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Defiant Cuomo Dismisses Calls To Resign as More Women Come Forward With Sexual Harassment Allegations

The governor faces increasing pressure from his own party to resign in the face of growing accusations.

Image: Andrew Cuomo. Source: Pat Arnow, CC BY-SA 2.0, Flickr

New York Gov. Andrew Cuomo is facing growing calls to resign as more women come forward with sexual harassment allegations.

On Friday, New York Magazine published a first-person piece by Jessica Bakeman, a former Albany statehouse reporter for what is now Politico New York, detailing instances of unwanted touching and inappropriate comments she endured while covering his administration.  

"I never thought the governor wanted to have sex with me. It wasn't about sex. It was about power," Bakeman wrote. "He wanted me to know that I was powerless, that I was small and weak, that I did not deserve what relative power I had: a platform to hold him accountable for his words and actions."

"He wanted me to know that he could take my dignity away at any moment with an inappropriate comment or a hand on my waist."

Bakeman wrote that she feels the three-term Democratic governor bullied both men and women, in her experience, but that he "never let me forget I was a woman." 

"It's not that Cuomo spares men in his orbit from his trademark bullying and demeaning behavior. But the way he bullies and demeans women is different," Bakeman wrote. "He uses touching and sexual innuendo to stoke fear in us. That is the textbook definition of sexual harassment."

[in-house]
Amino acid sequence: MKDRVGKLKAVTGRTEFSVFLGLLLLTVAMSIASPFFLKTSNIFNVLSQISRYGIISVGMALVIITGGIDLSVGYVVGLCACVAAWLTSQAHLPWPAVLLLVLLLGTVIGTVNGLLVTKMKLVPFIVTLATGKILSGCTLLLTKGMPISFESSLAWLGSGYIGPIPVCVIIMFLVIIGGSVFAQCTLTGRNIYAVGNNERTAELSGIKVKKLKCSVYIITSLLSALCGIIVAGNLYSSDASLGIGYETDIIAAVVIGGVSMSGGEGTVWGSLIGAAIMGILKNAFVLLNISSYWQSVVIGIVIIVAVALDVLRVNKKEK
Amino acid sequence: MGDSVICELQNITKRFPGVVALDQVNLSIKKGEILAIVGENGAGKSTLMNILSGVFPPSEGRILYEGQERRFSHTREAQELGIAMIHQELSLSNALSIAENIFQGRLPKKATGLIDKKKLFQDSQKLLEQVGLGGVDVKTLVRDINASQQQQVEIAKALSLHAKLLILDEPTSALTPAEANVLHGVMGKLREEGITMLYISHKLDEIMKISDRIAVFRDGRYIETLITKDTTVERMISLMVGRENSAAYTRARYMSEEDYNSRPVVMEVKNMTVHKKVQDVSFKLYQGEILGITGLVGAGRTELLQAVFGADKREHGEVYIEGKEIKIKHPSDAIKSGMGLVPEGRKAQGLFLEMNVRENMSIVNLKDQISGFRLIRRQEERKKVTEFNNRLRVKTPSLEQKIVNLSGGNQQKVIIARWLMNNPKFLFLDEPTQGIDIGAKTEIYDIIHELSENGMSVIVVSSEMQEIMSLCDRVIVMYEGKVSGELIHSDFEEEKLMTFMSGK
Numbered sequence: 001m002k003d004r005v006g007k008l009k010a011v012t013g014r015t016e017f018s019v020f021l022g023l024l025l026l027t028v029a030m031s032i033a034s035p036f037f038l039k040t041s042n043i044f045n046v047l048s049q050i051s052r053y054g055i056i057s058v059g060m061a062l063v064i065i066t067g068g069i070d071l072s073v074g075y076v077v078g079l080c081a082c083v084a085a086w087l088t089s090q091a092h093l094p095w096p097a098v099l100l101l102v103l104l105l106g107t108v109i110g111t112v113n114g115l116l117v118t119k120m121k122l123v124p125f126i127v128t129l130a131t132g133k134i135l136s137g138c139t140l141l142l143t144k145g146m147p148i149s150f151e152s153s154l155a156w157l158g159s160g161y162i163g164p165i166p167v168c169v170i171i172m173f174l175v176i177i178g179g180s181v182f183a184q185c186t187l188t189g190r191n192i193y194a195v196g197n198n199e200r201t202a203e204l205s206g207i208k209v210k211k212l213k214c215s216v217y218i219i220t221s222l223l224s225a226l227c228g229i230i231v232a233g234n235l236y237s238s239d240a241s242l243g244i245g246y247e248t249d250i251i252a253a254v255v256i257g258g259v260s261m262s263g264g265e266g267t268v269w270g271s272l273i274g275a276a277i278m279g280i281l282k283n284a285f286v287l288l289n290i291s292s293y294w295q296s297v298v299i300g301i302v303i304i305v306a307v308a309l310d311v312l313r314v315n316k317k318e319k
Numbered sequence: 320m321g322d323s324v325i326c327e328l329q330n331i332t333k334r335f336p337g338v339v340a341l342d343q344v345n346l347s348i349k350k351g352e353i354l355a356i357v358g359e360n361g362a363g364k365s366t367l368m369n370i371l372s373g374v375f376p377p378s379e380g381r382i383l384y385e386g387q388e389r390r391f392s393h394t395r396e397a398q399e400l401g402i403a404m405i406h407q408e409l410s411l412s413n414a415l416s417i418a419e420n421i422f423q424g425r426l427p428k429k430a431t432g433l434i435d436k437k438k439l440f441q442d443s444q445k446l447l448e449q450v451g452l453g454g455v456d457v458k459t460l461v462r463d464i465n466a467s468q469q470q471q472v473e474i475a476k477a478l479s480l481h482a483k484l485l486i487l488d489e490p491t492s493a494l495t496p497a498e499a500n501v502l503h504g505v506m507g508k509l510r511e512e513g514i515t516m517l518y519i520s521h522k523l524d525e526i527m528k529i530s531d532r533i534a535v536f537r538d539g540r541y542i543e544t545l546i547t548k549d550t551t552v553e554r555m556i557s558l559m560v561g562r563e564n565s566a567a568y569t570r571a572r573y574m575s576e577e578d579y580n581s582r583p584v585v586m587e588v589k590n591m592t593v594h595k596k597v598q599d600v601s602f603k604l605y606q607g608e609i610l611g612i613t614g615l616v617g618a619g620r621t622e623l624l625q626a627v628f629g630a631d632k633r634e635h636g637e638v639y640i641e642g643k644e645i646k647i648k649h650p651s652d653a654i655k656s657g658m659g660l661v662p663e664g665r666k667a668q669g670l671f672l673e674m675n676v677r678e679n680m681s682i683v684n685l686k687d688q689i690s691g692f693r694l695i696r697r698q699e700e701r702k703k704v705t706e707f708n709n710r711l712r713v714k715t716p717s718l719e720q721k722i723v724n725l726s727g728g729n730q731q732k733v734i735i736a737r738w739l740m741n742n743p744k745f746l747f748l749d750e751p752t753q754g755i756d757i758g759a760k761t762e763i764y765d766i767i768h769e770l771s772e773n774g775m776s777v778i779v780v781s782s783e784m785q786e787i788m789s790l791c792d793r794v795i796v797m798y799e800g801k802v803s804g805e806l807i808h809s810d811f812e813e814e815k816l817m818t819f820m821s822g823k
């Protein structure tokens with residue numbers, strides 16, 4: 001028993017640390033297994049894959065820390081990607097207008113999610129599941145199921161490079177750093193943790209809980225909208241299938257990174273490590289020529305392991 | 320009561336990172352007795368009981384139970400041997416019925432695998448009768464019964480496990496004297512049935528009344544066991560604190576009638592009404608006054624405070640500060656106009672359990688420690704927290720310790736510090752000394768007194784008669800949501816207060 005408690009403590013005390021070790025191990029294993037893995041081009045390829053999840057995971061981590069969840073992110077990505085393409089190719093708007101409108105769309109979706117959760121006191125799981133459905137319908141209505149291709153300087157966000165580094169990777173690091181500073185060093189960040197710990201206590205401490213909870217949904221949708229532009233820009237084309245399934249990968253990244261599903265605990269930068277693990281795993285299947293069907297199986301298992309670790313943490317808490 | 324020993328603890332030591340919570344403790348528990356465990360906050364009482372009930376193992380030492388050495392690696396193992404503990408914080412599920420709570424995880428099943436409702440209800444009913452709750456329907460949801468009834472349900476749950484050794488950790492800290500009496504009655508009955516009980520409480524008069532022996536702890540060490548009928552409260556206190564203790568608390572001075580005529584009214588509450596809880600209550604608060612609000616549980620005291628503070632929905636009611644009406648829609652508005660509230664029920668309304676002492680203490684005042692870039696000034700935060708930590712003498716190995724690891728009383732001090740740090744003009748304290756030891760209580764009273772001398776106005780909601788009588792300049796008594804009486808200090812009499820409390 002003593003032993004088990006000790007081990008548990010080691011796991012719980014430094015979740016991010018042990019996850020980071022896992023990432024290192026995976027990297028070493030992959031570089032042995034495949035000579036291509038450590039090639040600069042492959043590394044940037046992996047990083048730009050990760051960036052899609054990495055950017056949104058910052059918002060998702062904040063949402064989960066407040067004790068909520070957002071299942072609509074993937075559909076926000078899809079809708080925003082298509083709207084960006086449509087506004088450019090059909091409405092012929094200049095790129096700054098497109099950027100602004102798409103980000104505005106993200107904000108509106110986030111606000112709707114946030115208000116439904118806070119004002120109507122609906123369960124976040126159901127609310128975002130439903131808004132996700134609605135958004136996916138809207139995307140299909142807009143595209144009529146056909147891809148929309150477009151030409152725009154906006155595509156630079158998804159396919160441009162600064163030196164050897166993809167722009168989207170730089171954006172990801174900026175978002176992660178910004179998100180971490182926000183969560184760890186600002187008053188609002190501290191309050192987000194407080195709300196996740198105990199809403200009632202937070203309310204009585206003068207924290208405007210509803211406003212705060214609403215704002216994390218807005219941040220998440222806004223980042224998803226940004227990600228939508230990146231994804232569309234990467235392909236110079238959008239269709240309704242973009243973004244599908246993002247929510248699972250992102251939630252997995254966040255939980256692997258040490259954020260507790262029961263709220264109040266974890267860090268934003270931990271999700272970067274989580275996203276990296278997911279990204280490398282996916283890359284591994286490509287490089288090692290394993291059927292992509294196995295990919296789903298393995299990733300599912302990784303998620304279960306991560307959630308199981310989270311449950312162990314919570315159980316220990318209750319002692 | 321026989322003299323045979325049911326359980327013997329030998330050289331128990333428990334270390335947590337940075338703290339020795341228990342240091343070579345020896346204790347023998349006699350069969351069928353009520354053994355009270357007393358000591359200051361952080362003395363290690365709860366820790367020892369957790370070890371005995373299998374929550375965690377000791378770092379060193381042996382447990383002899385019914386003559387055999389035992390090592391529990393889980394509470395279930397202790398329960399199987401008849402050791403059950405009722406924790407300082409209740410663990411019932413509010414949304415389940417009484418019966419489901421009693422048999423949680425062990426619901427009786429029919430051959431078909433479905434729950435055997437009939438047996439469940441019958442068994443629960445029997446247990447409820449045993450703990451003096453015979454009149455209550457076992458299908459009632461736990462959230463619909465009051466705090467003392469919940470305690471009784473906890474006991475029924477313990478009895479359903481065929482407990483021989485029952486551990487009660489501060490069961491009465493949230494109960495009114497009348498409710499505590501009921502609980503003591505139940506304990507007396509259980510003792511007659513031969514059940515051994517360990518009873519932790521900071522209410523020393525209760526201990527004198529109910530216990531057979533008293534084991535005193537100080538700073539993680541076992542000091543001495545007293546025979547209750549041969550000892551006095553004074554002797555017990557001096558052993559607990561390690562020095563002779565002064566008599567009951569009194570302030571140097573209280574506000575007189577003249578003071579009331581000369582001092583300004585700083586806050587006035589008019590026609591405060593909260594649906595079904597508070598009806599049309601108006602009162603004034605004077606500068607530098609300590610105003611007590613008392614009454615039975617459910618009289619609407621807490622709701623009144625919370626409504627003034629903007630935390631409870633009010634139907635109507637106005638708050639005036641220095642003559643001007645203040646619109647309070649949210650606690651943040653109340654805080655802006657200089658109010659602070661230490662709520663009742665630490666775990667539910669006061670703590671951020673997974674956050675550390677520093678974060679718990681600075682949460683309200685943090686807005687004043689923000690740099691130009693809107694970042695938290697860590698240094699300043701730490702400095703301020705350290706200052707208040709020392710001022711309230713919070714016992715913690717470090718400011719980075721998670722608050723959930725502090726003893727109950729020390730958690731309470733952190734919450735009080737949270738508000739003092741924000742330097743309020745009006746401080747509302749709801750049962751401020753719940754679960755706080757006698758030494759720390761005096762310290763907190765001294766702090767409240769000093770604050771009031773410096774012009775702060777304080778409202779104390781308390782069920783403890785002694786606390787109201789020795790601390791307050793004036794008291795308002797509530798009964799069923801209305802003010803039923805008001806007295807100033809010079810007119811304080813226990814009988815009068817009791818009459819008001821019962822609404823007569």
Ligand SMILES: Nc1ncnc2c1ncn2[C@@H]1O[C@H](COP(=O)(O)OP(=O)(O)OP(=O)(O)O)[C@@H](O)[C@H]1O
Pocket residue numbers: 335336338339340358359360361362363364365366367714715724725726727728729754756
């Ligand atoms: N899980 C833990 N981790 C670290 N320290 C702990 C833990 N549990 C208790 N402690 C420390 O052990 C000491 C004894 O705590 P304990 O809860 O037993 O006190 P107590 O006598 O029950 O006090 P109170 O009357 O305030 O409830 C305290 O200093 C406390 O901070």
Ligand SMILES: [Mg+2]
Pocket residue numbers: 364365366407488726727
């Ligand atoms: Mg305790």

Over the last three weeks, multiple women have publicly claimed Cuomo sexually harassed them, including several former staffers. One of the most serious accusations came last week from an aide who said Cuomo groped her at the Executive Mansion in Albany. 

Cuomo also faces ongoing criticism of the state’s handling of COVID-19-related nursing home deaths following revelations his administration withheld data regarding the number of fatalities. The matter is currently being investigated by federal authorities. 

On Friday, several prominent elected Democratic New York officials, including the state's two US Senators, joined the growing chorus of lawmakers asking Cuomo to step aside.

In a joint statement, Senate Majority Leader Chuck Schumer and Senator Kirsten Gillibrand, said, "Confronting and overcoming the Covid crisis requires sure and steady leadership” and “due to the multiple, credible sexual harassment and misconduct allegations, it is clear that Governor Cuomo has lost the confidence of his governing partners and the people of New York.” 

Additionally, Reps. Alexandria Ocasio-Cortez, Jerry Nadler and Jamaal Bowman also spoke up against Cuomo.

"The repeated accusations against the governor and the manner in which he has responded to them, have made it impossible for him to continue to govern at this point," Nadler said in a statement

These statements follow an announcement 24 hours earlier that Democrats in the New York State Assembly will launch an impeachment investigation that will be carried out concurrently with State Attorney General Letitia James’ independent probe. 

During a news conference Friday, Cuomo resisted calls to resign, saying the statements were “reckless and dangerous” and urged the public to “wait for the facts.” 

“I did not do what has been alleged. Period,” Cuomo said. “I never harassed anyone, I never assaulted anyone, I never abused anyone.”

I’m not going to resign. I was not elected by the politicians, I was elected by the people,” he added. “People know the difference between playing politics, bowing to cancel culture and the truth.” 

"I won't speculate about people's possible motives,” Cuomo said. “But I can tell you as a former attorney general who has gone through this situation many times, there are often many motivations for making an allegation, and that is why you need to know the facts before you make a decision."


Source: Equities News